That meeting took place six months before this order for the manufacture and delivery of these laboratories, ordered by the ministry in charge of WMD and at the same time that the US had demanded action against Saddam Hussein for his defiance of sixteen previous resolutions for disarming and accounting for his previously-held WMD. The order itself seems out of place for a country preparing for a military invasion on the scale promised by the US. Why would the Iraqi military need to create hydrogen for weather balloons in the middle of an invasion?

If that looks strange, then the components of the labs look even more odd. Hydrogen production should not require precise measurements for rotation and vibration or an X-ray tester. It seems even more odd when the cost of these laboratories is considered. In the first place, this order actually refers to both mobile and fixed laboratories, demanding that 178 million Iraqi dinars get spent on enlarging the existing fixed facilities. It then orders the purchase of the mobile laboratories at a cost of 333 million dinars. At the exchange rate set by Saddam, that would have equaled about $1 billion in US dollars. However, the memo appears to acknowledge economic reality by showing an exchange rate of 10 dinar per Euro, which at the time traded close to the US dollar. That puts the mobile labs ordered by the agency responsible for WMD efforts at around $33 million dollars.

That seems like a lot of money for hydrogen production, especially for a nation preparing for a full-scale military invasion. Something is full of hot air, and it doesn't appear to be Iraqi weather balloons. (h/t: CQ reader Jeff R.)

UPDATE AND BUMP: The comments section has interesting input from CQ readers. Mike O has some practical experience in biological work:

I spent 8 years growing Bacillus subtilis in deep tank culture and can attest that those mobile systems could have been- and probably were- used to growl Bacillus anthraces, the anthrax oraganism. While most systems would use filtration and/or incinerators on the exhaust system, a compression system would have the advantage of eliminating near-site detection (no smell of fermentation).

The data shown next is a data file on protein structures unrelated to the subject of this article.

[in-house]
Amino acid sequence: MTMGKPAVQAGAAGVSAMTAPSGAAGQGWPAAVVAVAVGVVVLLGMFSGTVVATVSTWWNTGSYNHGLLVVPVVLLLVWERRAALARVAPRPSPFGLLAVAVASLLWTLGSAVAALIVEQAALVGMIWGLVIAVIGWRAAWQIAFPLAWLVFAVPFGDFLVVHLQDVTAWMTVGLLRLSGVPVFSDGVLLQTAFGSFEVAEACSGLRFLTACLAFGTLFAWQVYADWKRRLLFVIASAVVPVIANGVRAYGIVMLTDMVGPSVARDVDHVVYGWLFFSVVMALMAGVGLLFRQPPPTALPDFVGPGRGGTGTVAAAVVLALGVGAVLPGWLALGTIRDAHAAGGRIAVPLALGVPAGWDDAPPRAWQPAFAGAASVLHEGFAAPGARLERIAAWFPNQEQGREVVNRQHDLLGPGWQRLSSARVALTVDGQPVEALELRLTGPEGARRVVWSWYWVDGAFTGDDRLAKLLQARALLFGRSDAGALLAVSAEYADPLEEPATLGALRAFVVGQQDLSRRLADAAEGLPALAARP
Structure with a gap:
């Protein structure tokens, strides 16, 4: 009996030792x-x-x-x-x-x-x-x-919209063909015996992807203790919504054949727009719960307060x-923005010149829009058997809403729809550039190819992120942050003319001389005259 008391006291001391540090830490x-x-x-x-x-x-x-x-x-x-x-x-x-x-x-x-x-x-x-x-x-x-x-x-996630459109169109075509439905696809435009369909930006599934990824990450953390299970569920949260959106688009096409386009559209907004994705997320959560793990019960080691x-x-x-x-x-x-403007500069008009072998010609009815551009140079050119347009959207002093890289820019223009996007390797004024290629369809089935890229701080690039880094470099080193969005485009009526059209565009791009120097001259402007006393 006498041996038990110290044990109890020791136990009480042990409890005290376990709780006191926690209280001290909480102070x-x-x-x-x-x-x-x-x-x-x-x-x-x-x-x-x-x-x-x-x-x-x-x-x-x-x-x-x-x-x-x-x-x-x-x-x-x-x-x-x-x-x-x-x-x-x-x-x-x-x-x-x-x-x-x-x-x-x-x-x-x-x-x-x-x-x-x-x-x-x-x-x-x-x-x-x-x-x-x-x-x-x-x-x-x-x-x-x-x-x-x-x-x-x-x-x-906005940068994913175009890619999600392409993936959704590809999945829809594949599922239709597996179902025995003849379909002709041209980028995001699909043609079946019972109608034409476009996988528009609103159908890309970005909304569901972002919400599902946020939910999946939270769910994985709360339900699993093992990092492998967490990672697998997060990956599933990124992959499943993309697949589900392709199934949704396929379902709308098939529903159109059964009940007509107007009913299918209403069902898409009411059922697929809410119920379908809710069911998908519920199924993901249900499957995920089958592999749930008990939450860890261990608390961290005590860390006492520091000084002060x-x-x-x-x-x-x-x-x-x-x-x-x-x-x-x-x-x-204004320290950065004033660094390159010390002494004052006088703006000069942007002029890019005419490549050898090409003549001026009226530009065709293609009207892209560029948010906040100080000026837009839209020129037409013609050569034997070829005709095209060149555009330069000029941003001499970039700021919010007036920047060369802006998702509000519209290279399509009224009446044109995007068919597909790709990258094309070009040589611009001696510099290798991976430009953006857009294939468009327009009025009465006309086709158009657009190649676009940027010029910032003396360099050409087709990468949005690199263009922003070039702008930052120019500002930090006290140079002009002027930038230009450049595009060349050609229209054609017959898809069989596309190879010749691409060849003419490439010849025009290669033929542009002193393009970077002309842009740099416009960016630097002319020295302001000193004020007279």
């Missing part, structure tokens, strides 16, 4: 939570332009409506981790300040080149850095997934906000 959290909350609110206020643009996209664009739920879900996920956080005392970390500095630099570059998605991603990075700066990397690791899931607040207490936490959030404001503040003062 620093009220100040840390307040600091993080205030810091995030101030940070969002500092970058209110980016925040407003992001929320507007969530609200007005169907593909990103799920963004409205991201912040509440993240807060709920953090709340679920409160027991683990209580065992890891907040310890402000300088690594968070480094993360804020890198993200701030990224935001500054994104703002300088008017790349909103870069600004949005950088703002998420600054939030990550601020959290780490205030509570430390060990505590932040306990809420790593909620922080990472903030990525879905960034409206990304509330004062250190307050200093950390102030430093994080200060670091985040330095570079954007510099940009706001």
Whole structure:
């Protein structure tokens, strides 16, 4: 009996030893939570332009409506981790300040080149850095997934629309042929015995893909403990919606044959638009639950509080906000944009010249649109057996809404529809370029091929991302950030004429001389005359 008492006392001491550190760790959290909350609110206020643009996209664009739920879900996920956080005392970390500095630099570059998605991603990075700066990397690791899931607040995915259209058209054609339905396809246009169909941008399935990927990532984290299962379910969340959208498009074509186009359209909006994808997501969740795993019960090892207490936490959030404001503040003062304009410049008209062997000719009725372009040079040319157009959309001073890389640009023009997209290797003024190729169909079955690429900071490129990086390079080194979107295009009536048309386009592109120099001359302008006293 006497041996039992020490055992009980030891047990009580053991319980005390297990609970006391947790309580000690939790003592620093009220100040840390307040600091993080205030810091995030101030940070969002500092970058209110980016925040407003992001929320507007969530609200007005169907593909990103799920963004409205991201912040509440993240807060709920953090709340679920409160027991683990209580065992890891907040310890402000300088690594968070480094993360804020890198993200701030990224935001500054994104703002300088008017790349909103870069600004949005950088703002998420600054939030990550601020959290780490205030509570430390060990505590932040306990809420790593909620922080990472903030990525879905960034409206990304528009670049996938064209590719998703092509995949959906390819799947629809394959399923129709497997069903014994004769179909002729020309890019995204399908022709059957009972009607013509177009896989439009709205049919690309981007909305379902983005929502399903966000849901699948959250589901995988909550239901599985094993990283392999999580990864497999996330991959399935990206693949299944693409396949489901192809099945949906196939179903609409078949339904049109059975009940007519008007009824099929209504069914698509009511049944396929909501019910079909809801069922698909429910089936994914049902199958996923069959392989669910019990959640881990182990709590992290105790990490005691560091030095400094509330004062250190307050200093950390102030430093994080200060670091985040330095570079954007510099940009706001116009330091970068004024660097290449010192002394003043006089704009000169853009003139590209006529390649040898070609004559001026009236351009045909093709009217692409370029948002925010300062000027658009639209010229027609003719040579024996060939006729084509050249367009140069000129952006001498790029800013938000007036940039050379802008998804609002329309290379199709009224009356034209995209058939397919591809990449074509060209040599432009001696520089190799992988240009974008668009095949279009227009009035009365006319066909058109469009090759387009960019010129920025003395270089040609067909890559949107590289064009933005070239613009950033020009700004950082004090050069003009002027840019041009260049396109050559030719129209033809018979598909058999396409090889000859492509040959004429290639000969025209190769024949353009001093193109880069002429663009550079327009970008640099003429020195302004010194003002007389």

Hydrogen is generally produced via anaerobic processes, so the oxygen tanks would be unnecessary. The nitrogen and the chiller both could be used to enhance final sporulation, since the spores are the stable form that can be weaponized.

Professor Dave has a perspective on the conventional explanation for these mobile systems:

Generating H2 on site can be done. It was the customary way to get the H2 for balloons for a century or so. However, I'd surprised if anyone does it that way today. Today it is much easier to just fill a pressure cylinder from a H2 plant and transport the cylinder. It strikes me as pretty lame to suggest that H2 isn't available in a country that has a substantial petroleum industry. H2 is used in refineries in huge quantities. The amount needed for weather balloons wouldn't even be as much as the leaks in a refinery.

The Iraqi oil industry still continued to operate under sanctions; in fact, Saddam used it to generate billions of dollars for his own use. If hydrogen is as plentiful a byproduct of refining as Professor Dave indicates, which this seems to support, then it is hard to imagine that Iraq needed on-site hydrogen generation with its associated expense and danger.

Perhaps these labs had some benign purpose, but hydrogen production doesn't make much sense. Nor does having your military spend $33 million on the purchase of civilian mobile laboratories while the world's remaining superpower is signaling that it will invade your country.

UPDATE II, 7/8/06: The $33 million combined the two line items. That is a questionable assumption, as the second line item specifically calls out the mobile labs, while the first appears to specify existing fixed labs. I'd feel more comfortable saying that the Iraqis allocated $15.5 million for the mobile labs. The question then becomes how many they expected to produce under this plan. We found two, which implies that each trailer cost over $7.5 million. Other documents released this week indicate that they may have planned for as many as seven, which would put the cost at well over $2 million -- still extremely expensive for mobile hydrogen generation.

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Posted by Ed Morrissey at May 14, 2006 9:36 AM